What will happen to their citizens is one of the great challenges the world will face. Fiji has offered permanent sanctuary to the citizens of Kiribati and Tuvalu, our nearest neighbours. But all this presents a range of logistic and legal challenges which the international community needs to address.
Mr Prime Minister, Fiji and its Pacific neighbours intend to lead the charge for drastic cuts in carbon emissions at the World Climate Summit at the end of November. We have precisely 14 weeks to persuade the industrial nations to put our survival before the wellbeing of their carbon polluting industries.
Mr Prime Minister, we ask India to stand with us as we do so. To side with us rather than with what I have called the Coalition of the Selfish. Those nations who are putting their interests before the interests of those of us who are most vulnerable to climate change – the Small Island Developing States.
In closing, Mr Prime Minister, I want to stress Fiji’s desire to take a leading role in multilateral forums to advance the interests of the Pacific nations.
As the natural hub of the region, Fiji is ideally placed to host the institutions that are needed to tackle the challenges that face us in a comprehensive and holistic manner. We already host the Pacific Islands Forum Secretariat, the Pacific Islands Development Forum Secretariat and a host of international missions and organisations dealing with the Pacific.
We already host the region’s only transnational institute of higher learning – the University of the South Pacific – and the Fiji National University, which includes the only medical school in the Pacific. So, Mr Prime Minister, Fiji is ideally positioned to host other international and regional institutions.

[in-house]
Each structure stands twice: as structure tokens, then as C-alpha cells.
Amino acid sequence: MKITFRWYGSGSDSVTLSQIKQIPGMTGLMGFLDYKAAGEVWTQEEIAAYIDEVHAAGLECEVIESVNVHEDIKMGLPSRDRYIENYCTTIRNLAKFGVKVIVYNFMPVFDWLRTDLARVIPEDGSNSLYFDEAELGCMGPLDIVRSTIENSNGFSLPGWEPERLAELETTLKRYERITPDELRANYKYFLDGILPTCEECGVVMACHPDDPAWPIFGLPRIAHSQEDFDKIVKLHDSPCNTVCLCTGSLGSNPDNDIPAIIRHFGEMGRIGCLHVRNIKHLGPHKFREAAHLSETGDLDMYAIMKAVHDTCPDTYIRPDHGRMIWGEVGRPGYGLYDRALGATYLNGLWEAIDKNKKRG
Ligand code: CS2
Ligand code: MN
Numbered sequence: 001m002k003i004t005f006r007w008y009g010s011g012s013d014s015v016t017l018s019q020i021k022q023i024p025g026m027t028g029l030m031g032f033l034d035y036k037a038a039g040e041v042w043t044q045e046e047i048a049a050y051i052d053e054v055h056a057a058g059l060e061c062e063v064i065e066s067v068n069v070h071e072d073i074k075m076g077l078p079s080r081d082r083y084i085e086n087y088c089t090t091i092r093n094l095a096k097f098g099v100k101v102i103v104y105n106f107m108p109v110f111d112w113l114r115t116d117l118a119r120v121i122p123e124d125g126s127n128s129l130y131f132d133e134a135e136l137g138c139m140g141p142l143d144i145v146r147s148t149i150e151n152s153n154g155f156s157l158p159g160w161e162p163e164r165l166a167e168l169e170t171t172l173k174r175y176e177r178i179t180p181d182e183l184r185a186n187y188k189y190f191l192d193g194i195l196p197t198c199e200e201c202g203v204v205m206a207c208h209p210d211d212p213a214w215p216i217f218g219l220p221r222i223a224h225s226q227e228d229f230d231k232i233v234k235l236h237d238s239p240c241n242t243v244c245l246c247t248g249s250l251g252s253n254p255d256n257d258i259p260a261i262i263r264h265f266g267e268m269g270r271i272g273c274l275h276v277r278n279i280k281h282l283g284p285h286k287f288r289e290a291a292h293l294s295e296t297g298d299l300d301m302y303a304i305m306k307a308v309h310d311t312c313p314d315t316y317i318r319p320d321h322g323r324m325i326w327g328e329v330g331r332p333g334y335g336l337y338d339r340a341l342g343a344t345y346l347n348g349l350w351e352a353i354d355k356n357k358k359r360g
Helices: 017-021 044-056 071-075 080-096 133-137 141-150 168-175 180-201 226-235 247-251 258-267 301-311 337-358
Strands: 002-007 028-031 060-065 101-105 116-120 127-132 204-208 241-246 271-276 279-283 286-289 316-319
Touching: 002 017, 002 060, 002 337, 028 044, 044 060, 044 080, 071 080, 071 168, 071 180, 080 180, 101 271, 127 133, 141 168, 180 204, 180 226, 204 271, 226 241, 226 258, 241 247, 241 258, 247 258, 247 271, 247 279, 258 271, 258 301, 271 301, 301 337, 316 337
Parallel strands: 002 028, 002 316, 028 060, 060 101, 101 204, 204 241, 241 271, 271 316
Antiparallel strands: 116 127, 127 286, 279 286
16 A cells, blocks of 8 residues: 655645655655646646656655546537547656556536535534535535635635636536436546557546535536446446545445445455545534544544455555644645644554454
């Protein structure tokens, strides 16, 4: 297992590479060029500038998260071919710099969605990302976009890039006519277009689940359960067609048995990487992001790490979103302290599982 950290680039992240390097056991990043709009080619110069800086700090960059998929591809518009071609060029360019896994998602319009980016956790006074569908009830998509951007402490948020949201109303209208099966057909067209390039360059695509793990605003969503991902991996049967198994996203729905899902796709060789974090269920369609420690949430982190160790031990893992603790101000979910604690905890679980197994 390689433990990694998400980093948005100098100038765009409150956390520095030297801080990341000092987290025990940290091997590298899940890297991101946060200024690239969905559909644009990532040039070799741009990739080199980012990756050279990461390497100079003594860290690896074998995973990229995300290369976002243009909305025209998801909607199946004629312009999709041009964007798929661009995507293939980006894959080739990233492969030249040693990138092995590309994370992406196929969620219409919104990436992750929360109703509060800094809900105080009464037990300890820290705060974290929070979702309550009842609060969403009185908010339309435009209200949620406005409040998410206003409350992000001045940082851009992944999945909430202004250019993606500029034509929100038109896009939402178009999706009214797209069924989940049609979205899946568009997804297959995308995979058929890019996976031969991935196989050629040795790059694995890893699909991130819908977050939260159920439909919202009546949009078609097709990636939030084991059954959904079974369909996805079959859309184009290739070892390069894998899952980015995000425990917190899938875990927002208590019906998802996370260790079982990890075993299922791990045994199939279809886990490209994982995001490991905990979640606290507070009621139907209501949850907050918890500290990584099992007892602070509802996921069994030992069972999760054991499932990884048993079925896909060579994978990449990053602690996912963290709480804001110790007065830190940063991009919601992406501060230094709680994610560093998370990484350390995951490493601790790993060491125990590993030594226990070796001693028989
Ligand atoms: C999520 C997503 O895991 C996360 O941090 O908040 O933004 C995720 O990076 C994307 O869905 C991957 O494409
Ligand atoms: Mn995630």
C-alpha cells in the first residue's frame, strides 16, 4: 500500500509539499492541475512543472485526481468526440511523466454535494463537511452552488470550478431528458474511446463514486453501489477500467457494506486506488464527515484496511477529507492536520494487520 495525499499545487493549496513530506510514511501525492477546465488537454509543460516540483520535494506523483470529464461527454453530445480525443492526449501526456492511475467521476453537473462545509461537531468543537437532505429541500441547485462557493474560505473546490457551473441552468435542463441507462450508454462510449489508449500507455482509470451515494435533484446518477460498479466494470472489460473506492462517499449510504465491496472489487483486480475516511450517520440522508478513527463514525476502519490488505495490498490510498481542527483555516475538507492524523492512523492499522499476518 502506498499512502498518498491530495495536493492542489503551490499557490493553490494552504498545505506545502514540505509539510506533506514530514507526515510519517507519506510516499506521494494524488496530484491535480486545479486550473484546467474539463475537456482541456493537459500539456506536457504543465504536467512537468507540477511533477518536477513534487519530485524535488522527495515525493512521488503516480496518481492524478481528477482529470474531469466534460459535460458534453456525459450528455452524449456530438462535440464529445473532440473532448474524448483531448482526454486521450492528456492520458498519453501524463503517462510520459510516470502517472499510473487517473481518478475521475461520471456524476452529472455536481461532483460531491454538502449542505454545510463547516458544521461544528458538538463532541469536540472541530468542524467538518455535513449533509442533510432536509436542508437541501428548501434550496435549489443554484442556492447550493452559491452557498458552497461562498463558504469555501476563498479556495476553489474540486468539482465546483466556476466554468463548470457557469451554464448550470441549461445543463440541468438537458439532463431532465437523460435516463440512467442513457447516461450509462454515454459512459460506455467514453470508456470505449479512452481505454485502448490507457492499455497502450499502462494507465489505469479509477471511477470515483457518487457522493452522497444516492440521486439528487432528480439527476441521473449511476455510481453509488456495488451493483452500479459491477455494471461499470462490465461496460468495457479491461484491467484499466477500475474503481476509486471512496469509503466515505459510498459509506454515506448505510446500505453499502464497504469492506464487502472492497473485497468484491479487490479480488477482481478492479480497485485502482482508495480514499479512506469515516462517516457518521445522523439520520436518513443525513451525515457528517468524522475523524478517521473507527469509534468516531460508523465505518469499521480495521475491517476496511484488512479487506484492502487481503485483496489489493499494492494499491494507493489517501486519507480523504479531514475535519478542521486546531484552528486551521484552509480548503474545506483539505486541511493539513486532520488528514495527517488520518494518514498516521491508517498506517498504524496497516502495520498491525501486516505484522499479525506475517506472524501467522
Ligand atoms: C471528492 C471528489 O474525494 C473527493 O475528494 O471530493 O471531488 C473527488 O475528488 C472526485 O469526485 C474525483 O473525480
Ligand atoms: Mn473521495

Just as Fiji is open for business as we enjoy the longest running period of economic growth in our history, our doors are open to the region and the world. And we offer our services to help empower all Pacific peoples and have their voices heard.
I again extend Fiji’s hand of friendship to my fellow Pacific Islanders, whether it is by sending you our civilian volunteers – our teachers or nurses – or helping you to build resilience against the extreme weather events that threaten us all.
I again extend Fiji’s hand of friendship to the world, with a pledge to continue our contribution to United Nations peacekeeping missions to protect the vulnerable and help keep the world a safer place.
And I again extend our hand of friendship to India. With our warmest thanks for all you have already done to contribute to the development of our nation and our region. And with great anticipation and excitement at what we can all achieve by working together as partners in the months and years to come.
Vinaka vakalevu, Dhanyavad, and Thank you.